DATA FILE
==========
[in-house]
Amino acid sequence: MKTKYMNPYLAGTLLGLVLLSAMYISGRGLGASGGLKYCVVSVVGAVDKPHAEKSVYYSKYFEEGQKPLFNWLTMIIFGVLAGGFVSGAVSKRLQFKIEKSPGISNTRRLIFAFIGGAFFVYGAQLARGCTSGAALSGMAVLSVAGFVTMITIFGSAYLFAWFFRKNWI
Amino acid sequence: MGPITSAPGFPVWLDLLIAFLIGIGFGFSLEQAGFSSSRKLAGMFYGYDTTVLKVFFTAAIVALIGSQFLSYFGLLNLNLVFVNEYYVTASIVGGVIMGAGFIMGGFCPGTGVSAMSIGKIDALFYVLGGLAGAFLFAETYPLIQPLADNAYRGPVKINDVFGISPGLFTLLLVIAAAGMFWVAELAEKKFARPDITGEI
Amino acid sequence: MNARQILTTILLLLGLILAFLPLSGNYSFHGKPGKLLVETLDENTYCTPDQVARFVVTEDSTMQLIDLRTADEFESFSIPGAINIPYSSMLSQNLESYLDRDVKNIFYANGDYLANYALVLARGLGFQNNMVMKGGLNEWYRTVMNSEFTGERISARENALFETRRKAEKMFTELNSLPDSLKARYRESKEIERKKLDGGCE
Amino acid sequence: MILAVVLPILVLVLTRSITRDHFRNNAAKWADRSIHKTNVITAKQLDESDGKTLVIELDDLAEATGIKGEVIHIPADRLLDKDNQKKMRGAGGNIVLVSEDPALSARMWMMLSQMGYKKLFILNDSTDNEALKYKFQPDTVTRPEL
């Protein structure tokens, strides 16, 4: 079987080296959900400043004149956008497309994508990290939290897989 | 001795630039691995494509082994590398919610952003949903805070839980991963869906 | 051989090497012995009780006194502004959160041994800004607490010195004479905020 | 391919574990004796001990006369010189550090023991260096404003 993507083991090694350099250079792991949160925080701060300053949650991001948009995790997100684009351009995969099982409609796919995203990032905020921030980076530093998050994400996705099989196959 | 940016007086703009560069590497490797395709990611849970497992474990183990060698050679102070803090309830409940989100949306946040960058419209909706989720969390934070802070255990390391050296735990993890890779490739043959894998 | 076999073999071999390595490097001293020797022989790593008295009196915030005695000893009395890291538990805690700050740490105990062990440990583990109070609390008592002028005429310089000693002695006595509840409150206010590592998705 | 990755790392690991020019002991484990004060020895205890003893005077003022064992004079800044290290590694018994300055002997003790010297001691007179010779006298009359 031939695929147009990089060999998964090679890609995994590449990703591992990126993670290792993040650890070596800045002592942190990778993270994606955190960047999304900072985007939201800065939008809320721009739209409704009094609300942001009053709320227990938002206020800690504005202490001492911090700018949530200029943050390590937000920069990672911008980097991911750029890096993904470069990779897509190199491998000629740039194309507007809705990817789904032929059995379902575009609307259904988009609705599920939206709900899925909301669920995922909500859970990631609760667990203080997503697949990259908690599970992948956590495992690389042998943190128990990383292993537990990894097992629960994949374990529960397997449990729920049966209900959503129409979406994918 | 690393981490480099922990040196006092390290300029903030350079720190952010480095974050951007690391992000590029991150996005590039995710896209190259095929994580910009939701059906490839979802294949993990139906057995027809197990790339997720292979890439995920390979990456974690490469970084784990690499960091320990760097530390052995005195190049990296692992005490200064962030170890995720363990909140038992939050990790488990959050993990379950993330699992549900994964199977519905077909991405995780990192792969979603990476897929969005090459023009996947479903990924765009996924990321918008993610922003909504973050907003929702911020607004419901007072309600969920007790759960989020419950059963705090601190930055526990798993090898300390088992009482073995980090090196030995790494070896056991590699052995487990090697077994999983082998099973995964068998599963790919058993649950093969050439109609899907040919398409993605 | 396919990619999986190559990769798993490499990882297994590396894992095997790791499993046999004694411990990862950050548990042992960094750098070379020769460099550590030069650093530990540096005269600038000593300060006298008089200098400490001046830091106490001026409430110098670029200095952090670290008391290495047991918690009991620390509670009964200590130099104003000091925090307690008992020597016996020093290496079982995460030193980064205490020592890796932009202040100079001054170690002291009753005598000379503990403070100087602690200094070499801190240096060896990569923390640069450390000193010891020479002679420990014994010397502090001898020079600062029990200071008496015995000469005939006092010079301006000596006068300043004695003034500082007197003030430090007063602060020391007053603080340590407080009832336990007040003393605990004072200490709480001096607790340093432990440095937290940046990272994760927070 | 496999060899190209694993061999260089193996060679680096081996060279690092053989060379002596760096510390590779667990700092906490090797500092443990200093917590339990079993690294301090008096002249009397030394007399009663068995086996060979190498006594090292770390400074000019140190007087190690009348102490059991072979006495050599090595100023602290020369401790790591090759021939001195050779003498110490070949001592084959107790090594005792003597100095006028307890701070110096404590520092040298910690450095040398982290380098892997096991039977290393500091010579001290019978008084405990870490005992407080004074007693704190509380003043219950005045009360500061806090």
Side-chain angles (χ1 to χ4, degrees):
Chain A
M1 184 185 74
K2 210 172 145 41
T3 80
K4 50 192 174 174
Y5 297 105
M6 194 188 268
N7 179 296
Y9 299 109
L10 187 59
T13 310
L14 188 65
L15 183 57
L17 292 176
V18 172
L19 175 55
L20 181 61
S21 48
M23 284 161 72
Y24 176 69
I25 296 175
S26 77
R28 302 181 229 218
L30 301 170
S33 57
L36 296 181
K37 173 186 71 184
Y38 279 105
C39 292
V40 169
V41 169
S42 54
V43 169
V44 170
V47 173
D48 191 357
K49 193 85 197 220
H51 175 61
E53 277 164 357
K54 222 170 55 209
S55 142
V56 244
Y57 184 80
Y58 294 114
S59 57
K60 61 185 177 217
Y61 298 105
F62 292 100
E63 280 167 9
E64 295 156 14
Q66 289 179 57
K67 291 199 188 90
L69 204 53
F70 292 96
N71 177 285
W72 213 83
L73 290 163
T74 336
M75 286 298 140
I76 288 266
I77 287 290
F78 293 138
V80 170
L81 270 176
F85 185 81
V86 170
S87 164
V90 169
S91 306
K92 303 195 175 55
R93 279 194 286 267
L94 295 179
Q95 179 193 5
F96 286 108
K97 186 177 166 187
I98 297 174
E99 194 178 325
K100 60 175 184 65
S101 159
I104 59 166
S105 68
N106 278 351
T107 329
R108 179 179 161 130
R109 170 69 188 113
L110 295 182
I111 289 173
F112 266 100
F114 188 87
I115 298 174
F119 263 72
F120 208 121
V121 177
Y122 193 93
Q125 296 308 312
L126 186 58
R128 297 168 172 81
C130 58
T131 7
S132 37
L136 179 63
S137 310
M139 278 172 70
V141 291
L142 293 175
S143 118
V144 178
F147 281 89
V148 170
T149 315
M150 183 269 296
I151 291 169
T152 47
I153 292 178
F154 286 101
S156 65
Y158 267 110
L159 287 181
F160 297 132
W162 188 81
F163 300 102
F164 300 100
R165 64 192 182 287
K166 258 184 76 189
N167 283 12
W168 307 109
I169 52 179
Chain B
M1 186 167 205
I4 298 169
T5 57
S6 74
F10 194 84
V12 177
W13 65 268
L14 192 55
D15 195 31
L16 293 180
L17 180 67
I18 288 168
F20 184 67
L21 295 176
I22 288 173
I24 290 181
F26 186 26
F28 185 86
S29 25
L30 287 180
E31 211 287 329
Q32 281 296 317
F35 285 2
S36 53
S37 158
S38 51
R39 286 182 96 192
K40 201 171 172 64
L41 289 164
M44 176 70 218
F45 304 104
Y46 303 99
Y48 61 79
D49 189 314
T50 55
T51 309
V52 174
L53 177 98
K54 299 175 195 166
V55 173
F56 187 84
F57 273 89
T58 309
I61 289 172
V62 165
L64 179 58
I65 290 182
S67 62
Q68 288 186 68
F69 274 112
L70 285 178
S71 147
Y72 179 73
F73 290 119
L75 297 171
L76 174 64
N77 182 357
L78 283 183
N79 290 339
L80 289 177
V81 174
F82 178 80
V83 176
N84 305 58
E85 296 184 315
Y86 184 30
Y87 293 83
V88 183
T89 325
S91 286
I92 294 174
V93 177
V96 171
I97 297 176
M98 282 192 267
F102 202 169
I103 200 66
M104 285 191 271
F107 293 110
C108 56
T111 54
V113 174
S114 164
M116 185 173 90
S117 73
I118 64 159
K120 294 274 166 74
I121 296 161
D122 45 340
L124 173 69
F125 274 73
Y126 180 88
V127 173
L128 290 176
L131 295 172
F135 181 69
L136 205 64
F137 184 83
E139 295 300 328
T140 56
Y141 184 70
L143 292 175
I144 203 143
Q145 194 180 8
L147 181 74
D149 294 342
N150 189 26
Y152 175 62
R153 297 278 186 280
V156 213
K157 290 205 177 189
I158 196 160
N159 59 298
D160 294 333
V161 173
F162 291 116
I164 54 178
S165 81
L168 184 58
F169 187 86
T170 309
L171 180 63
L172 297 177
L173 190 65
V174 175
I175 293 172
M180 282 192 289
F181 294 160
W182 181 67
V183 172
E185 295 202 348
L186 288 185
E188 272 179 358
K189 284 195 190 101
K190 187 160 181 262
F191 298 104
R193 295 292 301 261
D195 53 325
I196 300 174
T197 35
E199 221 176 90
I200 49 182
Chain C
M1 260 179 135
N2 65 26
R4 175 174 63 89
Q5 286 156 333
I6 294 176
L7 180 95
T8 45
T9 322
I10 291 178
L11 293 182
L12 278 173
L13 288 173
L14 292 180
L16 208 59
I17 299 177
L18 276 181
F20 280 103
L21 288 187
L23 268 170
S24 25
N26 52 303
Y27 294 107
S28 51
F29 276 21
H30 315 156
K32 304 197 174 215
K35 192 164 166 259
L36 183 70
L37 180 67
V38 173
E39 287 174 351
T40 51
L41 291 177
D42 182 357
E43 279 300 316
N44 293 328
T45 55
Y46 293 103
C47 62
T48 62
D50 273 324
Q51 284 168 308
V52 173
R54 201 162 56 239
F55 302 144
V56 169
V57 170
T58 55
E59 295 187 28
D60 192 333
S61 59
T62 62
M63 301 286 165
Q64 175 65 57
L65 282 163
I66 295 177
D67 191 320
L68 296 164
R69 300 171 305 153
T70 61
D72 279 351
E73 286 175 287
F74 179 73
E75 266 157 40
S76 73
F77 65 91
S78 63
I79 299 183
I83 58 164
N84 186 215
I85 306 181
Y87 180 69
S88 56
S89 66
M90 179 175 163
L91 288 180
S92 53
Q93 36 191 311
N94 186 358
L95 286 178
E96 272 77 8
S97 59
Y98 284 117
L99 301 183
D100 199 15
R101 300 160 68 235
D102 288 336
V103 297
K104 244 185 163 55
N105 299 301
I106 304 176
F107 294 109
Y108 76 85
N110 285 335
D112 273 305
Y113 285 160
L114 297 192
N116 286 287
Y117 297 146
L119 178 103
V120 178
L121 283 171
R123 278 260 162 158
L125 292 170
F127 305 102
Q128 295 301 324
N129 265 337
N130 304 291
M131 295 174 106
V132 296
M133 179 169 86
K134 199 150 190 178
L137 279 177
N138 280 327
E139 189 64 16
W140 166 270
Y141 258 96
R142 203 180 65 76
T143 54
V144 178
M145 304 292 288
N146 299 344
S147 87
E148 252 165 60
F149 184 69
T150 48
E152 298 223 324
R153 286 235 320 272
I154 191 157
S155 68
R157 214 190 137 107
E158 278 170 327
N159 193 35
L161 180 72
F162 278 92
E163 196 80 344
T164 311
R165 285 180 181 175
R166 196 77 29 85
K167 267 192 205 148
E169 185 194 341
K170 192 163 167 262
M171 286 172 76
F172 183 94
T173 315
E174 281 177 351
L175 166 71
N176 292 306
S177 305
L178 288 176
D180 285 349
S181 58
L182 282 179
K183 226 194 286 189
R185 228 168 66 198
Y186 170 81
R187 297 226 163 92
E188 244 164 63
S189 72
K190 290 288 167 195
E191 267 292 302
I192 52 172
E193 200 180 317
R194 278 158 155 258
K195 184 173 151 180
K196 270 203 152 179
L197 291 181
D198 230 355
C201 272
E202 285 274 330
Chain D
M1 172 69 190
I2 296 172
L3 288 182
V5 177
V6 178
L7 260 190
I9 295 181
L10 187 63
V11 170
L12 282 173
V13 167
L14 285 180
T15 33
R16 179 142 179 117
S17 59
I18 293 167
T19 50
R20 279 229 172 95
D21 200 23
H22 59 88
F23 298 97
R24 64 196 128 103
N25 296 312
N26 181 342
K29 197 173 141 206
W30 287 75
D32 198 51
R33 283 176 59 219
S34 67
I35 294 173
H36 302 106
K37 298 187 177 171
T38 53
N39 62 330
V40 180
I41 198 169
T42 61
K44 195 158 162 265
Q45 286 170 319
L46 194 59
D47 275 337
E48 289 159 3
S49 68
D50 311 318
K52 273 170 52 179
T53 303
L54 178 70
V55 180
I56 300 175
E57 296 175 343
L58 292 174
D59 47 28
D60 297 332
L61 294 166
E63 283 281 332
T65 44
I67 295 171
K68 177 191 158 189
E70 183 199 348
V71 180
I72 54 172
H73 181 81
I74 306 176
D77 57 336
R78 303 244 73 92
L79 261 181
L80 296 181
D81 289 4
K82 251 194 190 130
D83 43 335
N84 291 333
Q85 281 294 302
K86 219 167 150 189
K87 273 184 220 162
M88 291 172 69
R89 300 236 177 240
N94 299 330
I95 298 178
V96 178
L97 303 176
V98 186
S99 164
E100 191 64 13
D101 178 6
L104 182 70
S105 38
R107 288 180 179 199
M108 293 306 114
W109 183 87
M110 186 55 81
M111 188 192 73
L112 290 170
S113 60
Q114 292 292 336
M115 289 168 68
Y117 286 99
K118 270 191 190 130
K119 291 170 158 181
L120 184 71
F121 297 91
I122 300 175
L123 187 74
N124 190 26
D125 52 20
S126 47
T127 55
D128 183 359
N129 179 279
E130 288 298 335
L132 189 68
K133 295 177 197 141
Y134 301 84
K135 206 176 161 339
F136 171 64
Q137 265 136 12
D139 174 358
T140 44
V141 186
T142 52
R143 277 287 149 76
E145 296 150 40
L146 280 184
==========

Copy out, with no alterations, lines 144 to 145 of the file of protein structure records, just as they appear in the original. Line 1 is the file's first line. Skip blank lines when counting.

D15 195 31
L16 293 180